Your next tattoo could be functional as well as aesthetic. A new MIT Media Lab product called DuoSkin created in partnership with Microsoft Research turns temporary tattoos into connected interfaces, letting them act as input for smartphones or computers, display output based on changes in body temperature and transmit data to other devices via NFC.
Cindy Hsin-Liu Kao, PhD Student at the MIT Media Lab, explains the origins of the project in the video above. Kao says that metallic jewelry-like temporary tattoos are a growing trend, providing a great opportunity for creating something that meshes with existing fashion while also adding genuinely useful functional capabilities. She notes that in Taiwan, there’s a “huge culture” of cosmetics and street fashion, which is affordable and accessible enough that “you can very easily change and edit your appearance whenever you want.” The DuoSkin team wanted to achieve the same thing with their technological twist on the tattoo trend.
As a result, the system is actually designed to be fairly inexpensive and easy to set up for just about anyone. It uses gold leaf, the same thing you’ll occasionally find delicately flaked atop swanky desserts, for basic conductivity, but otherwise employs everyday crafting materials like a vinyl cutter and temporary tattoo printing paper. You can use any desktop graphics creation software you like to design the circuit, then feed that design through the vinyl cutter, layer the gold leaf on top and apply it as you would a standard temporary tattoo. Small, surface mount electronic components including NFC chips complete the connectivity picture.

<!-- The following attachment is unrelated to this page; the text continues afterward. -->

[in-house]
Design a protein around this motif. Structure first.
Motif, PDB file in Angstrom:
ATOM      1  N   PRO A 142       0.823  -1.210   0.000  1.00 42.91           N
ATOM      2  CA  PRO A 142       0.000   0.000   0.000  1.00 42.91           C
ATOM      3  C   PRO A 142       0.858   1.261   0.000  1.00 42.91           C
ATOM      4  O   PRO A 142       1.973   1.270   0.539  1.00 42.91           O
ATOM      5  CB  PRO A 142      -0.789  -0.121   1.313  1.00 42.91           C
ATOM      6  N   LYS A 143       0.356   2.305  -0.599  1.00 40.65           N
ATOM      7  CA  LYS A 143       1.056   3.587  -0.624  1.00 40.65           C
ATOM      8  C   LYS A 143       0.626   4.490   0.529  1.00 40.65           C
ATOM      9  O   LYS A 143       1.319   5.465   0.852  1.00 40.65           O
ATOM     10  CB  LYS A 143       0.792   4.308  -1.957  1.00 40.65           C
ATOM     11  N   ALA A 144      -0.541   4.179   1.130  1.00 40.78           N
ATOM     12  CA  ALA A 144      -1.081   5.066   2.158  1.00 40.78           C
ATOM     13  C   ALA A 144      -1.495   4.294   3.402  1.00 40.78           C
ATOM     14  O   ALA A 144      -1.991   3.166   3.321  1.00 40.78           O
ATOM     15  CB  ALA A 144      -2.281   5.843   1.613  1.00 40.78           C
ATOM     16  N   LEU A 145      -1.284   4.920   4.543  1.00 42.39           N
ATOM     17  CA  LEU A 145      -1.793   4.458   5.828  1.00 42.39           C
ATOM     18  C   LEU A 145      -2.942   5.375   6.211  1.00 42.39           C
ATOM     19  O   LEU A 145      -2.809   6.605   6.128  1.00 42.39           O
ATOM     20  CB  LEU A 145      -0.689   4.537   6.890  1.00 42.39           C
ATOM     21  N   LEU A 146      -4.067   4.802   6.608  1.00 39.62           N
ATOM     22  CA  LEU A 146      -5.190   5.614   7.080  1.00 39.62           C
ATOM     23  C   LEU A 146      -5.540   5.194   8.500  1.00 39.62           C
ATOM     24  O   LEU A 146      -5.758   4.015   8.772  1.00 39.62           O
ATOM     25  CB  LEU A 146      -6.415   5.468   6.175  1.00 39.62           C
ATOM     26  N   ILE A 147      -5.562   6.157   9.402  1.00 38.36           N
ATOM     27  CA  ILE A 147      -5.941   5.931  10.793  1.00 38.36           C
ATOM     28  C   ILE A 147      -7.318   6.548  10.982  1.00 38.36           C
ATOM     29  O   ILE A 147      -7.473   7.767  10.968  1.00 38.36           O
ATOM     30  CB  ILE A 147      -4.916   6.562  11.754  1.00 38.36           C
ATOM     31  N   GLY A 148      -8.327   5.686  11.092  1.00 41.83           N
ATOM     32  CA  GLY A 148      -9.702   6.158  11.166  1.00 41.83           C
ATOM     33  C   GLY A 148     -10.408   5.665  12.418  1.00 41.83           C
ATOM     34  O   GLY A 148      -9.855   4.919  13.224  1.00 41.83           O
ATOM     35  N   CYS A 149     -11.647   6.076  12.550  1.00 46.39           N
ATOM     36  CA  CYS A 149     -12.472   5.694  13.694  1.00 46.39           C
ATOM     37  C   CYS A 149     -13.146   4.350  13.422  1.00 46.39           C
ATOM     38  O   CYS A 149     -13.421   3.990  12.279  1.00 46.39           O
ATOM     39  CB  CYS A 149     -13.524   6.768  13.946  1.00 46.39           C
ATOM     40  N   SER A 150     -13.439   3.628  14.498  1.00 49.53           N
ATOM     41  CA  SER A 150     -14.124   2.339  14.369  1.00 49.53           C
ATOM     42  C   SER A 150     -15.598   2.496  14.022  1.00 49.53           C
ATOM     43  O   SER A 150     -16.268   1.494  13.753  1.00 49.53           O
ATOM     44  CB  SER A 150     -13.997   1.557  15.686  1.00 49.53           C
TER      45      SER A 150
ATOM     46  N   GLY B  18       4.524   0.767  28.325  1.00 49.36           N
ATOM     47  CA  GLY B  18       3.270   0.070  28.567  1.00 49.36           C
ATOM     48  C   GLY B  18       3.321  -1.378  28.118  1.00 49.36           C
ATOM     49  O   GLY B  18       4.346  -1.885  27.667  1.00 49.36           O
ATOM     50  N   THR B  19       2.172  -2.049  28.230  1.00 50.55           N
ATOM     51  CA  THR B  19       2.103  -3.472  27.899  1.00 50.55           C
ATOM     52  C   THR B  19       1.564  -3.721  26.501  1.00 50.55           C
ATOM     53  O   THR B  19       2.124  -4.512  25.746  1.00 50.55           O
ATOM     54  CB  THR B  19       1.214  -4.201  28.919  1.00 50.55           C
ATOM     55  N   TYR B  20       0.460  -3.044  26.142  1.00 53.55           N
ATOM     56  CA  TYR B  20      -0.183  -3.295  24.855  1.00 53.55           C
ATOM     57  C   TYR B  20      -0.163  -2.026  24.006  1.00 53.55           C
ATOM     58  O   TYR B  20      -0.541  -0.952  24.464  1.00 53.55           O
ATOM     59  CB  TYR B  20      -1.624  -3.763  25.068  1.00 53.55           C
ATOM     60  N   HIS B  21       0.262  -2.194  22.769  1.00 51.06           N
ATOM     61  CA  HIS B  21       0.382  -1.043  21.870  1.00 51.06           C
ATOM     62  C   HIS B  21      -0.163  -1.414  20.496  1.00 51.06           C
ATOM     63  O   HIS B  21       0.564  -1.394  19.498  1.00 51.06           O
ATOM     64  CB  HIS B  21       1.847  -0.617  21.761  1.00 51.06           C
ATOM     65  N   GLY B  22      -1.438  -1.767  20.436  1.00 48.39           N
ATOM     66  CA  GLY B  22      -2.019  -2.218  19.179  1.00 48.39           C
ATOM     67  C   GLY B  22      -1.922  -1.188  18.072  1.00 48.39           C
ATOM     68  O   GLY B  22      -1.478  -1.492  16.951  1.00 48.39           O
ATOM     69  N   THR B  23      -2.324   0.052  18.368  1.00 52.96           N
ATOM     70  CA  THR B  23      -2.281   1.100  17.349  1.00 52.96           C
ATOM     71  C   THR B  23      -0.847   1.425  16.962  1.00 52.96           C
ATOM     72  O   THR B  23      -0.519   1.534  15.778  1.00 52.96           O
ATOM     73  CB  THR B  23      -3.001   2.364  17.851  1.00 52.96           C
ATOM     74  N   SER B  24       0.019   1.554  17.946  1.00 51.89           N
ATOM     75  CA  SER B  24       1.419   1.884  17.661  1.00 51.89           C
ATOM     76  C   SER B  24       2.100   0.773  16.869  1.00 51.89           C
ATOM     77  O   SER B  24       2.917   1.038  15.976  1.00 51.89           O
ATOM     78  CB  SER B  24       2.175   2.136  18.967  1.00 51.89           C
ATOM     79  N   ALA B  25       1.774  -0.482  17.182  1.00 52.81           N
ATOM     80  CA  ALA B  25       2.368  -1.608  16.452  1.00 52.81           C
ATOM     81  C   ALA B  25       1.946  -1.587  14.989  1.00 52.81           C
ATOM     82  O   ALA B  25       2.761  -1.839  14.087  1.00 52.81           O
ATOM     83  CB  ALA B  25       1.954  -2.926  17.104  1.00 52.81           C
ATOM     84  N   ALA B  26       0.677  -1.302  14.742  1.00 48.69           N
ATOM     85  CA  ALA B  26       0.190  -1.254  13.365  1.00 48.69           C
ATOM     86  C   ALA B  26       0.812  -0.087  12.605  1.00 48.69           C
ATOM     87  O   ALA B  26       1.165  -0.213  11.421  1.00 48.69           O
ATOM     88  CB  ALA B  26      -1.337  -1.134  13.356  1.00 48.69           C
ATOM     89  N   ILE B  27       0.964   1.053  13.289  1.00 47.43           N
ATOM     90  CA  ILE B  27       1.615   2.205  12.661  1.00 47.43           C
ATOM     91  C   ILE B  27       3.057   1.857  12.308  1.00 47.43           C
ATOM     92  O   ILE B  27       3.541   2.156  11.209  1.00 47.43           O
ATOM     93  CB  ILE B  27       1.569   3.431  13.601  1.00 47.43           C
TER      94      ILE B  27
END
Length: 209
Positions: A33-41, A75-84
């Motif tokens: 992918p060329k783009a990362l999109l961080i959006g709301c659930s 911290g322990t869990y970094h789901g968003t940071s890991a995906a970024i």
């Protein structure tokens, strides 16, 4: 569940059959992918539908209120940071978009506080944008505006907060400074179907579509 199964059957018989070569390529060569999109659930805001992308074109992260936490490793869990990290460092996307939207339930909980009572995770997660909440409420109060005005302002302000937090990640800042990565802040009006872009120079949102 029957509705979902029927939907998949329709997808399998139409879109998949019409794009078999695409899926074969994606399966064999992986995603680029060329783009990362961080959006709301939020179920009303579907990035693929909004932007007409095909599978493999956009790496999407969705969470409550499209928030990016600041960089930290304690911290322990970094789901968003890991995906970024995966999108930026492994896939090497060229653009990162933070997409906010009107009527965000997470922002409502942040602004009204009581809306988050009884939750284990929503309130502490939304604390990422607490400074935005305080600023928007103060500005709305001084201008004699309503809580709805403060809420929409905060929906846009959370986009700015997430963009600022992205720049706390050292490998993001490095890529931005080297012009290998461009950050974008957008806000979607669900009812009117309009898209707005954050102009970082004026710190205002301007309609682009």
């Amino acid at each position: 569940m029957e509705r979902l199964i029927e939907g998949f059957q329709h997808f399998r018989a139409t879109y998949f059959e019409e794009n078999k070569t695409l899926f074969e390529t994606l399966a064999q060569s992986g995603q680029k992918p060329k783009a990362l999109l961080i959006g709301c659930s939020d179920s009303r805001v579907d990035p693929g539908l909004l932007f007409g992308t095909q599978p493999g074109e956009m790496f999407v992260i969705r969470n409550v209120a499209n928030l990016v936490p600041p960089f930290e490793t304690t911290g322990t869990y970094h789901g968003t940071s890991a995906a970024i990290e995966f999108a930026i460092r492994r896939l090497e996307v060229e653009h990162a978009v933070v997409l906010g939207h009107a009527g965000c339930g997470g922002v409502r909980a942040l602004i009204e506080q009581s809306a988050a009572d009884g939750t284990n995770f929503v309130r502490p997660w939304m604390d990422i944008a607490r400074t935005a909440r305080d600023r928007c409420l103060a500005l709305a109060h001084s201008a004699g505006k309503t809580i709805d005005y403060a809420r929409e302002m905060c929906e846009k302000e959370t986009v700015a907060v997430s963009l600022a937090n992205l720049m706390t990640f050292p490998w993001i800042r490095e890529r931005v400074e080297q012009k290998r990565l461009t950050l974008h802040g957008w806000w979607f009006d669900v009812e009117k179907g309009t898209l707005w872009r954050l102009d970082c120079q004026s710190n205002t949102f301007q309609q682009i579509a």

Researchers devised three different ways in which the DuoSkin tattoos could be used, including as input devices that can turn your skin into a trackpad, or a capacitive virtual control knob for adjusting volume on your connected device, for example. The tattoos can also display output, changing color based on your body temp like a Hypercolor T-shirt. Finally, they can contain data to be read by other devices, via NFC wireless communication. Kao also shows how they can contain embedded LEDs for on-skin light effects.
Kao ends by suggesting they’d like to see this tech come to tattoo parlours, so it’s easy for anyone to get connected ink. It’s definitely something that could further the use cases and value appeal of wearable tech as a category, especially among price sensitive customers who place a high value on aesthetics and don’t want to have to wear a watch or other more cumbersome piece of tech.
Startups like Inkbox are already working on material science advancements that extend the life of temporary tattoos, too, so there could be a collaboration opportunity down the road that gives people access to tattoo-based interfaces that don’t last forever, but don’t wash off overnight, either.